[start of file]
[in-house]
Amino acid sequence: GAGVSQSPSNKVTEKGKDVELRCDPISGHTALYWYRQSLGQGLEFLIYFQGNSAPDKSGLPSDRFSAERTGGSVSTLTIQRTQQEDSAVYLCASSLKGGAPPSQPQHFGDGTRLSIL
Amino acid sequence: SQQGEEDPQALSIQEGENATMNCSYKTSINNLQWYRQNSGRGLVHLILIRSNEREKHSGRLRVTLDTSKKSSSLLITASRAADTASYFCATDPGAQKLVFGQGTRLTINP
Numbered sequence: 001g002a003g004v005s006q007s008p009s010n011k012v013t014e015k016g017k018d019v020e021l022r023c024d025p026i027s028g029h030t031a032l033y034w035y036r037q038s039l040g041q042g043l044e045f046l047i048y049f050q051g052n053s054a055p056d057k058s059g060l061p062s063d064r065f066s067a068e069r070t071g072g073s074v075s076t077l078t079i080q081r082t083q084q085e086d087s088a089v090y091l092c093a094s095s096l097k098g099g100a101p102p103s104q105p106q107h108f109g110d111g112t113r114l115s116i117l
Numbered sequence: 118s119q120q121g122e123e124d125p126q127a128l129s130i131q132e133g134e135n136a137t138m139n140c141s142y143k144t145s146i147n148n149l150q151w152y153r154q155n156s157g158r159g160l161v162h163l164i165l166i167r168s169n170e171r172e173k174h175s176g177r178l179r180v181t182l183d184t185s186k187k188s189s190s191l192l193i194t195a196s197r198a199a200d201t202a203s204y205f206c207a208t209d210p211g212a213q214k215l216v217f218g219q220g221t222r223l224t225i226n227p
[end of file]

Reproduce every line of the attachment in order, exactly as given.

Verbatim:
[in-house]
Amino acid sequence: GAGVSQSPSNKVTEKGKDVELRCDPISGHTALYWYRQSLGQGLEFLIYFQGNSAPDKSGLPSDRFSAERTGGSVSTLTIQRTQQEDSAVYLCASSLKGGAPPSQPQHFGDGTRLSIL
Amino acid sequence: SQQGEEDPQALSIQEGENATMNCSYKTSINNLQWYRQNSGRGLVHLILIRSNEREKHSGRLRVTLDTSKKSSSLLITASRAADTASYFCATDPGAQKLVFGQGTRLTINP
Numbered sequence: 001g002a003g004v005s006q007s008p009s010n011k012v013t014e015k016g017k018d019v020e021l022r023c024d025p026i027s028g029h030t031a032l033y034w035y036r037q038s039l040g041q042g043l044e045f046l047i048y049f050q051g052n053s054a055p056d057k058s059g060l061p062s063d064r065f066s067a068e069r070t071g072g073s074v075s076t077l078t079i080q081r082t083q084q085e086d087s088a089v090y091l092c093a094s095s096l097k098g099g100a101p102p103s104q105p106q107h108f109g110d111g112t113r114l115s116i117l
Numbered sequence: 118s119q120q121g122e123e124d125p126q127a128l129s130i131q132e133g134e135n136a137t138m139n140c141s142y143k144t145s146i147n148n149l150q151w152y153r154q155n156s157g158r159g160l161v162h163l164i165l166i167r168s169n170e171r172e173k174h175s176g177r178l179r180v181t182l183d184t185s186k187k188s189s190s191l192l193i194t195a196s197r198a199a200d201t202a203s204y205f206c207a208t209d210p211g212a213q214k215l216v217f218g219q220g221t222r223l224t225i226n227p